3 Ways Small Businesses Can Grow Their Digital Marketing Strategy
Experts and successful business leaders explain how small businesses can make the most of their digital marketing strategies.
Air Date: May 19, 2022
Moderator: Jeanette Mulvey, Editor-in-Chief at CO—, U.S. Chamber of Commerce, Barbara Thau, Senior Features Editor, CO– by the U.S. Chamber of Commerce
Featured Guests: Gabby Bedford, Founder, Packs Light, Kevin Hubbard, Co-founder, Rhoback Activewear, Evan Horowitz, Co-founder and CEO, Movers+Shakers, Griffin Thall, CEO and Co-Founder, Pura Vida Bracelets
Digital marketing is an essential tool for any small business looking to gain brand exposure, find new customers, and develop a loyal following. However, the idea of mastering social media, online video, email, and other platforms can be intimidating to small business owners also focusing on running a company.
In this installment of CO– by the U.S. Chamber of Commerce’s Start. Run. Grow. series, successful business leaders explained how small businesses could reach customers with the right digital marketing strategies.
Partner with Influencers to Expand Your Audience
Influencer marketing is a great way to partner with popular internet personalities on social media while exposing your brand to their audience. Influencers have a range of niche, loyal followers ranging from thousands to millions who trust them and their recommendations. Small businesses may think working with an influencer is out of reach, as many may be celebrities with an infinite amount of followers. However, the most successful partnerships are about working with the right influencer for your brand.
“You do not have to be famous to be an influencer and you don't have to work with someone who has a hundred thousand followers to have very tangible results from that partnership,” said Gabby Beckford, travel influencer and Founder of Packs Light.
Beckford stated that when she was first starting out with only a couple thousand followers, she had an intimate relationship with many of them and was able to make successful personal recommendations about her brand partnerships.
“You'll want to understand the KPIs that you're looking to achieve from the partnership first to decide what's best for you but … don't cut out the little guys, they have a lot of value too,” Beckford added.
Use Both Organic and Paid Social Media Posts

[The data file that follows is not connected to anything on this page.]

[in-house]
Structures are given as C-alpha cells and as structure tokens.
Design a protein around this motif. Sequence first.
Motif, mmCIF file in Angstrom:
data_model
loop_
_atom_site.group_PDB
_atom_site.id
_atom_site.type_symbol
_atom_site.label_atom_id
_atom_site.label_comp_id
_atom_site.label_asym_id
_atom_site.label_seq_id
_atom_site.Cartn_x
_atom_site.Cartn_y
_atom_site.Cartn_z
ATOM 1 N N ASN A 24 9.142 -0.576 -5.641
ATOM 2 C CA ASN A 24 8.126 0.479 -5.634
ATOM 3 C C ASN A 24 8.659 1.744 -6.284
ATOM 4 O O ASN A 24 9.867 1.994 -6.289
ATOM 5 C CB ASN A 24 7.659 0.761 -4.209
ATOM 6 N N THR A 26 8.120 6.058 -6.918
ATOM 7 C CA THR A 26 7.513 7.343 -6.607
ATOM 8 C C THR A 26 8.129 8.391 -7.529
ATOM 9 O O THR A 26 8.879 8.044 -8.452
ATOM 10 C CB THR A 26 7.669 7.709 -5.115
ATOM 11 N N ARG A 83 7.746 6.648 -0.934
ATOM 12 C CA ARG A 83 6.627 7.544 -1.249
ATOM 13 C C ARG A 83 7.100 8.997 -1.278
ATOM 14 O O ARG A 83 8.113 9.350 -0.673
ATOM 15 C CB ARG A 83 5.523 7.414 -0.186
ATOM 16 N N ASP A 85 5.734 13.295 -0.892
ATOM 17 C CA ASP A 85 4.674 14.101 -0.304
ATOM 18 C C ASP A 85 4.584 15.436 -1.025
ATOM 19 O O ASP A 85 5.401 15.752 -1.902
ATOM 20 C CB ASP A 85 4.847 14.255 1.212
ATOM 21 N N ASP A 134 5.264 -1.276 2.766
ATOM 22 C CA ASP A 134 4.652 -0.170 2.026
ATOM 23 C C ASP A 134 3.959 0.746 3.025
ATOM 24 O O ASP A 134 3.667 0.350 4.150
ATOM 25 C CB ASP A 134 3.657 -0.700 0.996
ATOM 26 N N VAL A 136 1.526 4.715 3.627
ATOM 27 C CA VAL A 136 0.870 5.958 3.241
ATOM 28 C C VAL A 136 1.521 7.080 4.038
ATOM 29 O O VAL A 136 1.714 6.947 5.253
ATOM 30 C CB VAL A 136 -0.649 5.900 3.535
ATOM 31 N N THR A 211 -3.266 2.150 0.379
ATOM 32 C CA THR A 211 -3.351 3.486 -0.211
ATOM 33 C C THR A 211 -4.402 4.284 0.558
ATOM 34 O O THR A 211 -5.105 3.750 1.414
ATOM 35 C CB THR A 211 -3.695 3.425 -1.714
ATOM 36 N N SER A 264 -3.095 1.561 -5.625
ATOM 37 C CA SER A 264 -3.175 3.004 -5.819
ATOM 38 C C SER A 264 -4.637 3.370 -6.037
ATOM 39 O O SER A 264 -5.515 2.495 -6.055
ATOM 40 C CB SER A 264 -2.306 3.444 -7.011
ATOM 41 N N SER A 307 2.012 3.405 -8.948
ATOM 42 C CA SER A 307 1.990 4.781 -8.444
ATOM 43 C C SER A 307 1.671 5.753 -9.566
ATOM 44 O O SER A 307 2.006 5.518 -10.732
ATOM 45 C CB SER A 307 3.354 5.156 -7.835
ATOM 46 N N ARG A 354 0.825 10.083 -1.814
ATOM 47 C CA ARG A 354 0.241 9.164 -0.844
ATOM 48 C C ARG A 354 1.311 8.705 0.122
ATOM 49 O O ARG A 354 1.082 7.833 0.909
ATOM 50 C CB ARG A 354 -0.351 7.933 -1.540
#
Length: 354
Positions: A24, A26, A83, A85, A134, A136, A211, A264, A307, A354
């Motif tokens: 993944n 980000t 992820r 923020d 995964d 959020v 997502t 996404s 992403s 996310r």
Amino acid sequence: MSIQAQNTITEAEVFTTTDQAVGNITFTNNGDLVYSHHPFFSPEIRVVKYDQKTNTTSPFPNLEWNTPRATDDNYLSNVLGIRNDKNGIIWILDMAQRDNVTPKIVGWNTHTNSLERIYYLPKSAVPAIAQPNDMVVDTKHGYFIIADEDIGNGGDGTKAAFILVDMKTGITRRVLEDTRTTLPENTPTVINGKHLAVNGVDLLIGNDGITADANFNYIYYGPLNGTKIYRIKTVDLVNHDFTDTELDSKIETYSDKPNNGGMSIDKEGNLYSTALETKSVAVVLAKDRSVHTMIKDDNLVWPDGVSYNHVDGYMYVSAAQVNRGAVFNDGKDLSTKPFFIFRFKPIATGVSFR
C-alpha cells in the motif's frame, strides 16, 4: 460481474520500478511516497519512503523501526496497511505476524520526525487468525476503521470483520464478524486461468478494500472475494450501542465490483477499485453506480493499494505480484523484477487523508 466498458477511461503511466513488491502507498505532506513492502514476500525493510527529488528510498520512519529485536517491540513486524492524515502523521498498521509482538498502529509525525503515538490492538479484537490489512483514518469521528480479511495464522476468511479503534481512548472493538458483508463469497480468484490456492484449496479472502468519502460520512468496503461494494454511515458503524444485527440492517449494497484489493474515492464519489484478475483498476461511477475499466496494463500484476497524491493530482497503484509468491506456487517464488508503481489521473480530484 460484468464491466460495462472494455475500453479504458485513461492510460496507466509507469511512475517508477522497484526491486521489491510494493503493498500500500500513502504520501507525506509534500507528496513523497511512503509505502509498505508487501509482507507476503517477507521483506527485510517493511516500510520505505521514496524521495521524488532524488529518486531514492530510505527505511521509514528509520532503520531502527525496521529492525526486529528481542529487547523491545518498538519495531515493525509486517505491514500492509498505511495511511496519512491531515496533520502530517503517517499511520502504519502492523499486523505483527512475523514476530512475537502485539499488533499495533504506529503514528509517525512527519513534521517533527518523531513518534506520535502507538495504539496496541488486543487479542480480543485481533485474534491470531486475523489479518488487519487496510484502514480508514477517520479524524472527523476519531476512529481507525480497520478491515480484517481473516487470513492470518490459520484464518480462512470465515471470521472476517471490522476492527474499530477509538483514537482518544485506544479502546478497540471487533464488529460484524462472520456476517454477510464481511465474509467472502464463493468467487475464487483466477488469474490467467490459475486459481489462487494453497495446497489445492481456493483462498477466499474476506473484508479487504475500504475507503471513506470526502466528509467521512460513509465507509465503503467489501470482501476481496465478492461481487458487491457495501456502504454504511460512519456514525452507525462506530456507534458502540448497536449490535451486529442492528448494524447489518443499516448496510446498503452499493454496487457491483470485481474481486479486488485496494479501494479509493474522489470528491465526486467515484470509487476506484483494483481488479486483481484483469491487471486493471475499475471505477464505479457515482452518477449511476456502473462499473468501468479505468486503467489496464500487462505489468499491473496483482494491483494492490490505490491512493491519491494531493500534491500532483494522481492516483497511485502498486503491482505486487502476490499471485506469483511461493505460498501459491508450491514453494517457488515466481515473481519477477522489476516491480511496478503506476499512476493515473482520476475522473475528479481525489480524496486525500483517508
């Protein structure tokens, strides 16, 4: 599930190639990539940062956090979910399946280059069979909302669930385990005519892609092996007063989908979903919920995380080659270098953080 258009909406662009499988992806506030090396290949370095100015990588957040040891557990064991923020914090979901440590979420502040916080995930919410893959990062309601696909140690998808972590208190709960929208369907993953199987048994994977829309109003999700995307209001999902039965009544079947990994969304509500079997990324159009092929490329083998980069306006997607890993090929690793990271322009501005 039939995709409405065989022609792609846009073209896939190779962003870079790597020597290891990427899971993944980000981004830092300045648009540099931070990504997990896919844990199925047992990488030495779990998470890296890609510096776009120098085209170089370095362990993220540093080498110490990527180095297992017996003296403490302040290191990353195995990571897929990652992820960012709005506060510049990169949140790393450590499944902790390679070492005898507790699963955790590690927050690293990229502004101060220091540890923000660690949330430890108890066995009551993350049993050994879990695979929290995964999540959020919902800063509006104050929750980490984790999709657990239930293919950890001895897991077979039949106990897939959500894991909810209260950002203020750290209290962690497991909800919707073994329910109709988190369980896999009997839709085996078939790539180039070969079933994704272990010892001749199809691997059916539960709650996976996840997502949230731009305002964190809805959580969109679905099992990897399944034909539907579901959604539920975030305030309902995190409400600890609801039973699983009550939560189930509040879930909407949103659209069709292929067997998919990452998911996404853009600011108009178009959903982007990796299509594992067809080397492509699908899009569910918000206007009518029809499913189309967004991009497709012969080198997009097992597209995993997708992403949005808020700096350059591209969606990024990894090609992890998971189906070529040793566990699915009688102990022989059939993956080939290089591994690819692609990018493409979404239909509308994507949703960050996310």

There are different schools of thought on using social media to market a business. Some entrepreneurs think the best results happen through organic social media posts, while others believe the way to exposure is by buying paid ads on the platform. Evan Horowitz, Co-founder and CEO of Movers+Shakers, stated that a posting strategy is more nuanced and entrepreneurs should be using both to expand their audience.
“Organic is always on drumbeat and then you lean in with paid ad posts that are doing well and have an ongoing paid support behind it,” said Horowitz. “I don't see it as an ‘either, or’ [situation] — it's probably both.”
When businesses implement an organic social media campaign, Horowitz said they don't need to post all the time, which could ultimately backfire.
“For most platforms, three times a week is a great target to work towards,” he explained.
Don’t Be Afraid to Pivot Your Digital Marketing Strategy
When Griffin Thall, CEO and Co-Founder of Pura Vida Bracelets, started his business in 2010, the digital marketing landscape looked different. As a direct-to-consumer (DTC) brand, his business heavily relied on Facebook and later Instagram ads for marketing efforts. When asked what small businesses can do to succeed in the digital marketing space, Thall reflected on his own experience of having many eggs in one basket
“Now we're really trying to learn other channels and figure out podcasts, TikTok, and digging deeper into email and SMS,” said Thall.
By investing in more than one space, small businesses have the ability to pivot when a digital marketing strategy is no longer yielding the desired results.
“Having one acquisition channel is the biggest thing,” said Thall. “And when it's easy, it's easy, but then when it gets more difficult, you don't really have the solution for the same strategy. [Our] strategy shifted over the past 10 years, and we've always been able to pivot well.”